That made me think about the place of this blog in my life.  What purpose does it serve?  Why do I want to return to it so often and continue trying to express an experience I’ve had with food?  A friend of mine mentioned my blog last week and said, “Cooking grounds you, doesn’t it?”  That sounds like a really simple comment, but it resonated with me all week.  If cooking grounds me, then that explains why I sometimes can’t get on with other pressing responsibilities, like posting an assignment for my online course, until I’ve written a blog post about something I’ve cooked.  That comment actually made me feel less obsessed about blogging, which I didn’t feel was the source of my motivation anyway, and gave me permission to have a need to take time to place some creative thinking  in a certain place and then go on with other life activities.  That seems more normal to me.

All of this actual entertaining took the place of  writing about it so I was satisfied and didn’t miss the blog documentation.  But I miss it, now.  Passing through a particular season always opens the opportunity to enter a new one.  I am still so thrilled to squeeze the life out of this season’s produce.  This is a classic expat sort of recipe as I had to gather up the ingredients from more than one country.  We have beetroot and are starting to get some nice basil harvests, but I didn’t have fresh mozzarella until I went to Italy three weeks ago.  I also don’t know where I can buy macadamia nuts in Tunis, but my teaching partner went on a safari to Kenya over Spring Break and brought me back a package of them so I had the exact amount needed for this recipe.  I thought that this was an almost cosmic alignment of ingredients and so this recipe was meant to be.

It feels good to be back in this space with some fresh motivation to tell and show my cooking experiences.  Thanks for being my guest.

Beetroot Pesto

Adapted from Bennetts Café in Mangawhai, NZ

  • ½ lb. beetroot
  • 1 clove garlic, chopped
  • ¼ cup olive oil
  • ¼ cup walnuts or macadamia nuts, toasted
  • ¼ cup grated Parmesan cheese
  • 2 tablespoons lemon juice
  • ¼ cup chopped basil, mint or both

Preheat the oven to 350 degrees F.  Place the beetroot in a roasting dish then cook for 1 hour until tender.  Set aside to cool completely.  Using your fingertips, rub off the skins.  Cut the beetroot into chunks.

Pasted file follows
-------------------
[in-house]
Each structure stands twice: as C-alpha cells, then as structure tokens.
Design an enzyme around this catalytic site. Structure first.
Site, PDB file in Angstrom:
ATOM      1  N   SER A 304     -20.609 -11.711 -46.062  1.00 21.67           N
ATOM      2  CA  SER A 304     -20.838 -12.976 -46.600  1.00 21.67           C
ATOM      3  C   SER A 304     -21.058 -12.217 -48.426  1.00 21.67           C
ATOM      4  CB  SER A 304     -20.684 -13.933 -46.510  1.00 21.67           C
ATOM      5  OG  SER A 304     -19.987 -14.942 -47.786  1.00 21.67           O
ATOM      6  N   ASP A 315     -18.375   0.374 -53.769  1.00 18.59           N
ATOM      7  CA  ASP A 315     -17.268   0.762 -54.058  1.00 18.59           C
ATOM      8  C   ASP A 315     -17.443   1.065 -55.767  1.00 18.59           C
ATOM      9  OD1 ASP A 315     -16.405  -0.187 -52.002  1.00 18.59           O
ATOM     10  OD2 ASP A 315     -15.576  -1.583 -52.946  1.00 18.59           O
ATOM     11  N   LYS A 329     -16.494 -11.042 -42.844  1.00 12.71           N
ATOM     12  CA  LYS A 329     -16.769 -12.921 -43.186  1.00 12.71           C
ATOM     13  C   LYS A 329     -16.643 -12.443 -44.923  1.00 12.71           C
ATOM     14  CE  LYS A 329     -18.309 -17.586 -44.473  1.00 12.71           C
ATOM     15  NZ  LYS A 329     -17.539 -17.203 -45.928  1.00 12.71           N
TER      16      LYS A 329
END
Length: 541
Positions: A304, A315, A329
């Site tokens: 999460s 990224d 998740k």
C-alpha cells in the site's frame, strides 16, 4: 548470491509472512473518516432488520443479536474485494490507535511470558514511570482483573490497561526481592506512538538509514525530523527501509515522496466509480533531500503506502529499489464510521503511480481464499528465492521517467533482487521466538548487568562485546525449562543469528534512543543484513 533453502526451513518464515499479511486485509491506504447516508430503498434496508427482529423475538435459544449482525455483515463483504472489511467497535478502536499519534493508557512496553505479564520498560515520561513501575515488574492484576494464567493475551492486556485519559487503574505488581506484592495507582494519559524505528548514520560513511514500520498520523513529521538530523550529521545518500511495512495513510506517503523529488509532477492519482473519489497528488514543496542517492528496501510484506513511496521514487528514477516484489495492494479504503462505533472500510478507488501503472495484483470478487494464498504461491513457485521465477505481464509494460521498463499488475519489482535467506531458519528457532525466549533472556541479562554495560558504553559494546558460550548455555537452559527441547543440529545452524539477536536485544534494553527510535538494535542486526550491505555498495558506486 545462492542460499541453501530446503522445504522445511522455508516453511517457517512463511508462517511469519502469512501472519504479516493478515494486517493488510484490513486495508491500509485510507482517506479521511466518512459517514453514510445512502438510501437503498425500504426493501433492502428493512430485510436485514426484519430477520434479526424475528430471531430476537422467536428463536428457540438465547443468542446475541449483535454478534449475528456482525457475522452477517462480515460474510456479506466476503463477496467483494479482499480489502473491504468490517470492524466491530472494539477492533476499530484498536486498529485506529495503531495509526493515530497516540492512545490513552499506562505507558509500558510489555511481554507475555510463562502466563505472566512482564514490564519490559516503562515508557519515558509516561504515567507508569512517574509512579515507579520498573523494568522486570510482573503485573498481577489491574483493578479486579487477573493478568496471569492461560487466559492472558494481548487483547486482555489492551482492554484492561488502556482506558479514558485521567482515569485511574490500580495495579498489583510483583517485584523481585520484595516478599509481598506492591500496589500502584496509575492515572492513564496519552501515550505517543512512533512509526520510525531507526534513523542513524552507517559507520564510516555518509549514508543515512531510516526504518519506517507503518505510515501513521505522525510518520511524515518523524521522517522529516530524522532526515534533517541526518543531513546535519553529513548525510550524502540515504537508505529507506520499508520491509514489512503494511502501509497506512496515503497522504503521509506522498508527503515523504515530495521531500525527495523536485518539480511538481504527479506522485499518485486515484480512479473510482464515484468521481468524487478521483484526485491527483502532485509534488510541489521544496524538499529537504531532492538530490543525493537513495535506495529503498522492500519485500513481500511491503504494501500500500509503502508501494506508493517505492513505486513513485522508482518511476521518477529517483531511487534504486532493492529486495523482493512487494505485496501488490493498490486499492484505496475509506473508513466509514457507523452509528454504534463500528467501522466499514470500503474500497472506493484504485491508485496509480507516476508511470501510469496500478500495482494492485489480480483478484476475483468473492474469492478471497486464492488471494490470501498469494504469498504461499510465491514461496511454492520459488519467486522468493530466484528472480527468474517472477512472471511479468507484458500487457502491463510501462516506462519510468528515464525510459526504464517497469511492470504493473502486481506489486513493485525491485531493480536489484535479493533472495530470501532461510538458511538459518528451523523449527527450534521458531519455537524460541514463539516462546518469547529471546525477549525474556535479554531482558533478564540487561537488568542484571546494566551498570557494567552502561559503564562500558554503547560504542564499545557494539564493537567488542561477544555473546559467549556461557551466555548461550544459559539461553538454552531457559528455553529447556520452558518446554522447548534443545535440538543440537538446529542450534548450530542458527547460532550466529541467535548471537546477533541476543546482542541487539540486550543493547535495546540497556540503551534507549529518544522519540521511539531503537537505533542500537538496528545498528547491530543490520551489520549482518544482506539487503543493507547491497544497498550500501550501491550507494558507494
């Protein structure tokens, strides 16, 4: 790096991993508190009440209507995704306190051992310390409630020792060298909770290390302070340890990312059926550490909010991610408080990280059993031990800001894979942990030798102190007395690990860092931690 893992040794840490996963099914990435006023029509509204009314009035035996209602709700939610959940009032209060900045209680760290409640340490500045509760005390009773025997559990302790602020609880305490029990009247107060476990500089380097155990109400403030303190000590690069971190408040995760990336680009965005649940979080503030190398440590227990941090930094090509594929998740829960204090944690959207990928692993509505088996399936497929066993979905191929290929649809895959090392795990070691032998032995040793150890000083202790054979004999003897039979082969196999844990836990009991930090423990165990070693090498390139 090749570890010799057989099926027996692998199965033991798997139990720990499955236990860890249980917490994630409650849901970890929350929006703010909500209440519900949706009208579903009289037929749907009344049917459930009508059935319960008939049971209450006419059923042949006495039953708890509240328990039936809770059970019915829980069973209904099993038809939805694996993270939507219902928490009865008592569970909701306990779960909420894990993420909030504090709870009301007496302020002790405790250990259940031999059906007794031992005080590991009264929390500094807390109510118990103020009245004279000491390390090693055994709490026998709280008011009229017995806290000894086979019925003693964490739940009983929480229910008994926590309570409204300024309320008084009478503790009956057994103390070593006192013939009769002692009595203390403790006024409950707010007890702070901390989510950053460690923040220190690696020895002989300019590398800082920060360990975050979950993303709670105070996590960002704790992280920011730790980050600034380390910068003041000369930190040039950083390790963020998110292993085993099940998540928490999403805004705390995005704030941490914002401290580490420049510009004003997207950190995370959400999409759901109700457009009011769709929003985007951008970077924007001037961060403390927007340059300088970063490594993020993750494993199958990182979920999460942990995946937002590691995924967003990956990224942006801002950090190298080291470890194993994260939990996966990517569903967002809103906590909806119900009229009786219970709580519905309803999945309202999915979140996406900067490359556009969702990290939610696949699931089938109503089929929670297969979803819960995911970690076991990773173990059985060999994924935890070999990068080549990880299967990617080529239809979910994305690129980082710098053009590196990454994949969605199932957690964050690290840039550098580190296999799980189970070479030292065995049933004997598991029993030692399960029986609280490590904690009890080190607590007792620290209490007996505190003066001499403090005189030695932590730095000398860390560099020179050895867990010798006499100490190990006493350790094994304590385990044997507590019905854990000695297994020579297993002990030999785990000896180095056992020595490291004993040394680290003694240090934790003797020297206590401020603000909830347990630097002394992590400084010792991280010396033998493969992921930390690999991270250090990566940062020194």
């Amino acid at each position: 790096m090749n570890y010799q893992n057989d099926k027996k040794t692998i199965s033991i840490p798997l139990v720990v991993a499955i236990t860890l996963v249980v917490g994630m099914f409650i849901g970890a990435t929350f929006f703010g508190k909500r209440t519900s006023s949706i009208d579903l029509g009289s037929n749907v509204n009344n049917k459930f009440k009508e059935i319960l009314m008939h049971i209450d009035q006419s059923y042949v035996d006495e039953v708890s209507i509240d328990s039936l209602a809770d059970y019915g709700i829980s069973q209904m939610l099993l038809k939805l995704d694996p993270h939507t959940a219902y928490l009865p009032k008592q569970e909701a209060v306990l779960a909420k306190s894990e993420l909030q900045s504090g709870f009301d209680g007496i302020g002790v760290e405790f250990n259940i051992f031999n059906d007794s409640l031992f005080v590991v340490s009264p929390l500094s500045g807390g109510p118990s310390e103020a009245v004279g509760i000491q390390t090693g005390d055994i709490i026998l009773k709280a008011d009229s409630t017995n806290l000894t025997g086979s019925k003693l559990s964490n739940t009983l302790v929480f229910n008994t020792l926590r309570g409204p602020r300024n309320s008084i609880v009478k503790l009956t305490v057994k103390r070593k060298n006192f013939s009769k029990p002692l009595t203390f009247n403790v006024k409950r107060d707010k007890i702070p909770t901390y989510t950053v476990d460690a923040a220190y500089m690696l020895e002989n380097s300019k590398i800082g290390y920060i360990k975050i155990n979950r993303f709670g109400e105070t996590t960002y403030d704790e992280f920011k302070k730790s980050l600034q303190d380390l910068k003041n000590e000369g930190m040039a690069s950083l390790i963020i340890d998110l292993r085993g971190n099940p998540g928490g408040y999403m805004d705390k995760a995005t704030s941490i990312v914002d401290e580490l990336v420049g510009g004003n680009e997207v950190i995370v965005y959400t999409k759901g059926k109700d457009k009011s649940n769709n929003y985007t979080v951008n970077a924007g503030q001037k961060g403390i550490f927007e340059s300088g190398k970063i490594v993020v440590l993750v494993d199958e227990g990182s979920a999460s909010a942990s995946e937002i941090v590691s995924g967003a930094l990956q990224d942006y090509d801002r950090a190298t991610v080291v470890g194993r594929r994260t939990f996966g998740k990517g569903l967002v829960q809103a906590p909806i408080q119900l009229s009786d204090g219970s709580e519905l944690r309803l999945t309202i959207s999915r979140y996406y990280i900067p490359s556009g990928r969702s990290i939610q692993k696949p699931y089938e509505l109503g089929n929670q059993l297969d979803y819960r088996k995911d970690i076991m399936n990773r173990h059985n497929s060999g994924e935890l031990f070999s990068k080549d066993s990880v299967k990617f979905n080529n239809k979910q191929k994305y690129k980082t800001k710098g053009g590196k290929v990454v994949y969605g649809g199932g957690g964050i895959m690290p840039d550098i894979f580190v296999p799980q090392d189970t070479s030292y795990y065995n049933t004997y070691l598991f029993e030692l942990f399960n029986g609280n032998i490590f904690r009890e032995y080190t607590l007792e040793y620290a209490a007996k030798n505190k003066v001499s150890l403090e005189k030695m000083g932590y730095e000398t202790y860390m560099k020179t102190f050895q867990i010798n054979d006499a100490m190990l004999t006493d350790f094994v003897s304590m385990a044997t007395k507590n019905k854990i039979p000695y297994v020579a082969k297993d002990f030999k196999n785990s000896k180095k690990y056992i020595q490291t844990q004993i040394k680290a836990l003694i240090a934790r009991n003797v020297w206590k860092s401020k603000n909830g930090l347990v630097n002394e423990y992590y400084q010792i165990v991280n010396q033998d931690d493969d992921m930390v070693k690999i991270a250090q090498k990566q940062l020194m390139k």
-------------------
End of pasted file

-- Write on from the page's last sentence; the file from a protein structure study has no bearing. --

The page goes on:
Place the beetroot, garlic, oil, nuts, Parmesan, lemon juice, and herbs in a food processor.  Process until smooth.

Serve the pesto with blanched green beans and pasta.  Serve alongside smoked fish, or serve on bruschetta with mozzarella, arugula, basil, and tomatoes.

Extravagance with Artichokes

I want to do wildly extravagant things with artichokes.  They are so cheap and plentiful that this is my time, if ever, to try all of those artichoke recipes I’ve always dismissed as being for people who live in California.  One little hurdle in my mind can be getting past the separation of leaves and stem.  First, it is physically challenging to peel and de-choke an artichoke.  It’s not impossible, but I wish I had a better technique.  Second, if I don’t use the whole artichoke, I feel like I’m wasting the meat on those leaves.  I am currently steaming them off separately and Allan and I will either just sit and have a big artichoke leaf fest or I will try scraping the meat off of each individual leaf to add a layer of artichoke paste to a lasagna.  That’s my current plan.

Concurrently, I have been saving nutrient rich greens from the cutting room floor all week.  The vegetable sellers here are very quick to cut the greens from the bulbs of carrots and fennel, and on to beets and turnips, which we know are delicious.  I bought a bunch of beets a few days ago and had my back turned when the owner chopped off the greens and tossed them in a bundle on the shop floor.  When I asked for the greens, he put the decapitated heads of two other customers’ bunches in my bag, too, so now I have plenty of beet greens.  Plenty.

I bought a beautiful cookbook last summer, Turquoise, by Greg and Lucy Malouf that I am long overdue to start learning from.  The subtitle is A chef’s travels in Turkey.  Greg is an experienced Australian chef, Lucy is an evocative writer and they also had a fantastic photographer along because every page makes you want to crawl right inside.  They try everything they can, but then Greg puts a little Australian spin on the dish so it’s just a tiny bit fusionized for Western cooks.  This is my first recipe to actually cook from the book and it’s perfect for what’s available to me at the moment.  Rather than chicory and chard, I used beet and turnip greens.

Bitter greens, artichokes, and shallots with poppy seeds

Adapted from Turquoise, by Greg and Lucy Malouf


  • ¼ cup extra-virgin olive oil
  • 6 fresh artichoke hearts, cut into quarter and kept in acidulated water
  • 12 small shallots, peeled and halved
  • 1 leek, white part only, cut lengthwise into thin strips and washed
  • 1 teaspoon poppy seeds, lightly crushed
  • ¼ teaspoon hot paprika
  • ¼ teaspoon freshly ground black pepper
  • Ground sumac
  • 1 1/3 pounds chicory, roots trimmed
  • 5 ounces Swiss chard, shredded lengthwise
  • 5 ounces chicken stock